About two weeks ago, I received an urgent message from my parents stating that I needed to call them as soon as possible. I did so immediately, and I couldn’t believe what I heard.
My grandpa had passed away the night before.
It was something I feared when I decided to study abroad. My mom kept reminding me that anything can happen to anyone at any time, and I had to be aware that of that in making this journey. I always shrugged her counsels off, convincing myself that nothing could possibly go wrong while I was away.
However, a week into my trip I received the news that my grandpa was in the hospital back in Illinois, and my mindset faltered. He had suffered several silent heart attacks, his kidneys were failing and his overall health was deteriorating. Day after day, my family updated me on his condition, and from what I was told, his situation seemed to be improving. I was able to sleep easy at night and once again convinced myself that there was absolutely no way anything dire would happen.
Until I received that message.
Handling the situation—while abroad, while away from my family, while essentially alone—has been immensely difficult. Between costs, time and school, flying home for the funeral was out of the question. While my family joined together to grieve, I felt stuck and alone, unsure of how to accept what happened without them by my side.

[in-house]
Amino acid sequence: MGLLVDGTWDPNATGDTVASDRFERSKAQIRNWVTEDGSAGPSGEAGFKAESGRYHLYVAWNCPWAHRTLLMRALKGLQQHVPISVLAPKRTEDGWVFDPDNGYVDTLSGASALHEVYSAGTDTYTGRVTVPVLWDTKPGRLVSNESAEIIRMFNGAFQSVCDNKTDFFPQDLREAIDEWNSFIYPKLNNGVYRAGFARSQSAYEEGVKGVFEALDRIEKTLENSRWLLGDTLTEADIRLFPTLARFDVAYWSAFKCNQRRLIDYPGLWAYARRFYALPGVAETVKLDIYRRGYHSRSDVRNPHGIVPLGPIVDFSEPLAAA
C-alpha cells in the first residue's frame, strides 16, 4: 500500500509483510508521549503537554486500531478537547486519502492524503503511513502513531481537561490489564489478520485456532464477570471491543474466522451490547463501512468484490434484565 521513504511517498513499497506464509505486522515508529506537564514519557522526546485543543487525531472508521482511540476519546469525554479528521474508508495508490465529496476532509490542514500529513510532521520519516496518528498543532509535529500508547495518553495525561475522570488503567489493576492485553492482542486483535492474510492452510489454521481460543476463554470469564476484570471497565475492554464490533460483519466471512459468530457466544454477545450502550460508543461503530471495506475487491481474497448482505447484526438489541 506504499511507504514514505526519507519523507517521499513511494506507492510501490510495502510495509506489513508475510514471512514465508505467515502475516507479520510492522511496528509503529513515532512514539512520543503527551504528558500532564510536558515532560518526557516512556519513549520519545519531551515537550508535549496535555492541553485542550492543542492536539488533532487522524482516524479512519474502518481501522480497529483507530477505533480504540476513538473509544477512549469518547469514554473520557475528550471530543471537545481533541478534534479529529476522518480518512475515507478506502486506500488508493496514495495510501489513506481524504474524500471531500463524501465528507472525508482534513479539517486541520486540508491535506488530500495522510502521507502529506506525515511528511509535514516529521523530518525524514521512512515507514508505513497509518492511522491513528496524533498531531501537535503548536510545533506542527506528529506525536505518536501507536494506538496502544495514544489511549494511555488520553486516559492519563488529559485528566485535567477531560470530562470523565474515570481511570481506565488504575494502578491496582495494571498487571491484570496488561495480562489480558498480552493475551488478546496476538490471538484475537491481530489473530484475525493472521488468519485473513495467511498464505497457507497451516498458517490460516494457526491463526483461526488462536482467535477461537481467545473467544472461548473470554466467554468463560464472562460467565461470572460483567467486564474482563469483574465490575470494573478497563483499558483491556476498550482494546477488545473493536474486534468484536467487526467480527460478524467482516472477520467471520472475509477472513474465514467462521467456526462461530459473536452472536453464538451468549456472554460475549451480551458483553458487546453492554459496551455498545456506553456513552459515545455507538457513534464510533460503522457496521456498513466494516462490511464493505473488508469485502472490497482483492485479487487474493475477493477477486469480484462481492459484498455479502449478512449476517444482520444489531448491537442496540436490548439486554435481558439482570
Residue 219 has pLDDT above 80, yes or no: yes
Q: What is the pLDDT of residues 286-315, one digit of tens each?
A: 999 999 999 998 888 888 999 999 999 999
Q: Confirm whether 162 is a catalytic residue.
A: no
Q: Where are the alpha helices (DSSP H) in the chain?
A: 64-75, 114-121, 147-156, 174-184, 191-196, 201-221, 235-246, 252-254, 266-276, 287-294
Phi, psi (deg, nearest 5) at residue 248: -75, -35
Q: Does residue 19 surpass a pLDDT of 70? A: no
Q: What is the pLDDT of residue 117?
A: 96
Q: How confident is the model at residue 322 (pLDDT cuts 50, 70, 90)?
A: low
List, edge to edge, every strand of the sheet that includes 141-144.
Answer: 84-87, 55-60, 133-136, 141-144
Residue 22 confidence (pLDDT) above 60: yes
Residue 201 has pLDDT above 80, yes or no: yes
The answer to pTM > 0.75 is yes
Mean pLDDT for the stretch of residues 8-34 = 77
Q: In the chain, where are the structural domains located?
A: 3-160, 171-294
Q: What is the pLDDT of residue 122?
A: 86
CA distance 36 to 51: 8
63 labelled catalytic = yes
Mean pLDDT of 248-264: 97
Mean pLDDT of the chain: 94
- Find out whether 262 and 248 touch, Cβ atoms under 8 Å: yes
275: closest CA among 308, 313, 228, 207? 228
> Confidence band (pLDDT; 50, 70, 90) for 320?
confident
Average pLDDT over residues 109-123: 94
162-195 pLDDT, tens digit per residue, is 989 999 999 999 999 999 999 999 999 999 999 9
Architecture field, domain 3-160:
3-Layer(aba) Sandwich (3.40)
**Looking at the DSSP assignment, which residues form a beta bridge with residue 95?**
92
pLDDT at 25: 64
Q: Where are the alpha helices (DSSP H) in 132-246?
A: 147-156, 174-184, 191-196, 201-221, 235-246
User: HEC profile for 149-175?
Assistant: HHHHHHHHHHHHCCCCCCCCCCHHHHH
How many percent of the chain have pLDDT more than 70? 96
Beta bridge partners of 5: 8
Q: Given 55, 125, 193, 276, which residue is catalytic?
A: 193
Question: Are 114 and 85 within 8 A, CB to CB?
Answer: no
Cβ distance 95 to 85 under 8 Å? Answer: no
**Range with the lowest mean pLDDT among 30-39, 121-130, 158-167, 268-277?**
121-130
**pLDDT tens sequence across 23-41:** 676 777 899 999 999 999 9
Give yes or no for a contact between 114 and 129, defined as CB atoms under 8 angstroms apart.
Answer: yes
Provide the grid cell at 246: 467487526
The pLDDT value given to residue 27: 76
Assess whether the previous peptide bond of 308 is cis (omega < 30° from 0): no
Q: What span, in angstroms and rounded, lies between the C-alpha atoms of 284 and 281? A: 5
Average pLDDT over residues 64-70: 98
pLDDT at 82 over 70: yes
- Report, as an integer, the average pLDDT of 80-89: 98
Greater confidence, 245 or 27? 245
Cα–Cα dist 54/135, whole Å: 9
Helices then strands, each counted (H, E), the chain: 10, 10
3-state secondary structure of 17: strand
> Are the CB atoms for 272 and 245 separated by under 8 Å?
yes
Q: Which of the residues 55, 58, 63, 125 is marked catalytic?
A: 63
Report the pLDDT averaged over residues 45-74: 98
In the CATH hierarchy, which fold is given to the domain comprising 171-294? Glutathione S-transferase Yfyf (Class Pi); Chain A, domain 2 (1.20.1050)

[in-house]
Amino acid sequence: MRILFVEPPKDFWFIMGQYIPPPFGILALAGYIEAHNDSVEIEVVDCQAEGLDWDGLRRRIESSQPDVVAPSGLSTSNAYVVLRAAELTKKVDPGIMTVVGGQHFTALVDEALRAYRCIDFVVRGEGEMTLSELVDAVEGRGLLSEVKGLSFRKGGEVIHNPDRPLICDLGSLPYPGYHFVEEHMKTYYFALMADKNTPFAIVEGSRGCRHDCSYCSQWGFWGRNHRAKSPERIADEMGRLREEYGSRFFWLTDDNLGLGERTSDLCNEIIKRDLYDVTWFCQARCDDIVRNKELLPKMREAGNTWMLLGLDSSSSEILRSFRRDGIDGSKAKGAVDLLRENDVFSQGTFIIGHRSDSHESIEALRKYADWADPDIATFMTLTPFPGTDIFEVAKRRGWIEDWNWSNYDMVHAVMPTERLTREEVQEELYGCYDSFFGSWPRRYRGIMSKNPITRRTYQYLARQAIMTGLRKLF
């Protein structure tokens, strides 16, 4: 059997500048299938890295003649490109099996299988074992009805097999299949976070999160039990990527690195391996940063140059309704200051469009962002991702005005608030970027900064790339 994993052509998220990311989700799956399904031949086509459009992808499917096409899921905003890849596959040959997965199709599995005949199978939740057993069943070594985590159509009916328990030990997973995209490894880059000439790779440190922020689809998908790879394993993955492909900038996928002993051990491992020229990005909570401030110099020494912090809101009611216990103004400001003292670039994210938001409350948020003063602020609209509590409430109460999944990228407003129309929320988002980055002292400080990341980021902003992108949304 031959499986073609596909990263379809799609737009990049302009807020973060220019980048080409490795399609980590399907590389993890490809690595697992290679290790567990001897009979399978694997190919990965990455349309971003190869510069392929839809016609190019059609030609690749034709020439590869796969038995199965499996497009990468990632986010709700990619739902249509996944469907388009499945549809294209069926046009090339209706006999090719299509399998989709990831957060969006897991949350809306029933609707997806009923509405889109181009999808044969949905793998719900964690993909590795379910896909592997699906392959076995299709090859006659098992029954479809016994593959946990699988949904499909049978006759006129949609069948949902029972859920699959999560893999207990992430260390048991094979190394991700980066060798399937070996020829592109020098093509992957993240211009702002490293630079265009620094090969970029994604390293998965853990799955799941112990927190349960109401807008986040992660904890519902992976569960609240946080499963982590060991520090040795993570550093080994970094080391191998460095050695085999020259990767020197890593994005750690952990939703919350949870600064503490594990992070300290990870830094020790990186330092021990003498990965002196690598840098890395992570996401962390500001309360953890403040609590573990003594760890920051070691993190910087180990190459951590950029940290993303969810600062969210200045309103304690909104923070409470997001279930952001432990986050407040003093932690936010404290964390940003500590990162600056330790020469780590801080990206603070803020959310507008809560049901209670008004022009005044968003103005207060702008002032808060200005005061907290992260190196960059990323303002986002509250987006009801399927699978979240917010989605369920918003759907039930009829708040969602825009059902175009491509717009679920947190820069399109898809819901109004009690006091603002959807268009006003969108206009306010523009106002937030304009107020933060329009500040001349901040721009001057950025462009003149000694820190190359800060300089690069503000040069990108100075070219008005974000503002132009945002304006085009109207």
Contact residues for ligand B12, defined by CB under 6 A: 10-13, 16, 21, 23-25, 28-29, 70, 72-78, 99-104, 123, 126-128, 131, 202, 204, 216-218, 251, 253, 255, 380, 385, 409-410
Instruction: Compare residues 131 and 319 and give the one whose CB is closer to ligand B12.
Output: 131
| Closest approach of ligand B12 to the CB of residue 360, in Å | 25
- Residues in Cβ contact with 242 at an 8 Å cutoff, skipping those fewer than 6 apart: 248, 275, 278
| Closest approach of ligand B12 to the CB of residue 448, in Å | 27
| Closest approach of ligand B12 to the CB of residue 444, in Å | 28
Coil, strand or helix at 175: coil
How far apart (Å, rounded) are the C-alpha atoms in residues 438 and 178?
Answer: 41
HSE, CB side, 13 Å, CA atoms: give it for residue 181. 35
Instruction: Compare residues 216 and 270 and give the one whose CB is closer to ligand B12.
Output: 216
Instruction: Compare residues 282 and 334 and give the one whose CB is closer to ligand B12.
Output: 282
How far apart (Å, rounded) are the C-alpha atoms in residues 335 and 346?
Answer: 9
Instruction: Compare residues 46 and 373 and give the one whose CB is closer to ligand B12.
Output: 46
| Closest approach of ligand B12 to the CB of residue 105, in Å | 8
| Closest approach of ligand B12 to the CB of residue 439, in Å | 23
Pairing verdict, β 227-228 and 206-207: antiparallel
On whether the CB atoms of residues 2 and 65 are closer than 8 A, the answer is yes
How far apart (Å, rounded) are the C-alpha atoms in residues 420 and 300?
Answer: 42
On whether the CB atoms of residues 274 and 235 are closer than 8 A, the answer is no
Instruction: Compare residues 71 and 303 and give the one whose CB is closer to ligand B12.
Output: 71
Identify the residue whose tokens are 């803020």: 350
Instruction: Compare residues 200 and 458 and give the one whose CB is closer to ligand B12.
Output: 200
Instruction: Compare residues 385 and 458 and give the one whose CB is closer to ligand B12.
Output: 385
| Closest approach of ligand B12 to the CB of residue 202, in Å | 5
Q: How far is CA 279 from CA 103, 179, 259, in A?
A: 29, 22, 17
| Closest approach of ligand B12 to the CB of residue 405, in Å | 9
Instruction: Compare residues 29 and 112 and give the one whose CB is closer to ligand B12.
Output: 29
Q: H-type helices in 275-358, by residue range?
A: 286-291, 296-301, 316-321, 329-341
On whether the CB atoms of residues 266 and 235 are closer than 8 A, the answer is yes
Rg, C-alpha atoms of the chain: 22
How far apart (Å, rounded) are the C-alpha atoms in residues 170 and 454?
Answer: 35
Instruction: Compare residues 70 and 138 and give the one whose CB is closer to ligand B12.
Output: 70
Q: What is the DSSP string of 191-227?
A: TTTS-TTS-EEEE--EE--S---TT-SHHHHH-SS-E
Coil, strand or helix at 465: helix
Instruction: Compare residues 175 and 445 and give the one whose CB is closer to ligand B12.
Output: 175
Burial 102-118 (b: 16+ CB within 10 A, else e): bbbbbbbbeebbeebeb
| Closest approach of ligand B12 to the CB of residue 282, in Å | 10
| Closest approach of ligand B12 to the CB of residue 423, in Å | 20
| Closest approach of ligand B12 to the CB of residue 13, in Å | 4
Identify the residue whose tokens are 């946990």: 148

Yet I learned about the necessity and comfort of communication and a support system. Technology made it easy to keep in touch with my parents, brother and sister throughout it all. Friends from home and from IU sent their condolences in Facebook messages and emails and offered to Skype me when I needed to. And what touched me most is the fact that people who I met just a few weeks prior here in Peru banded together to make sure I was okay.
No matter how lonely you may feel, no matter how far away from home you are, you are never actually alone. And that is a wonderful thing.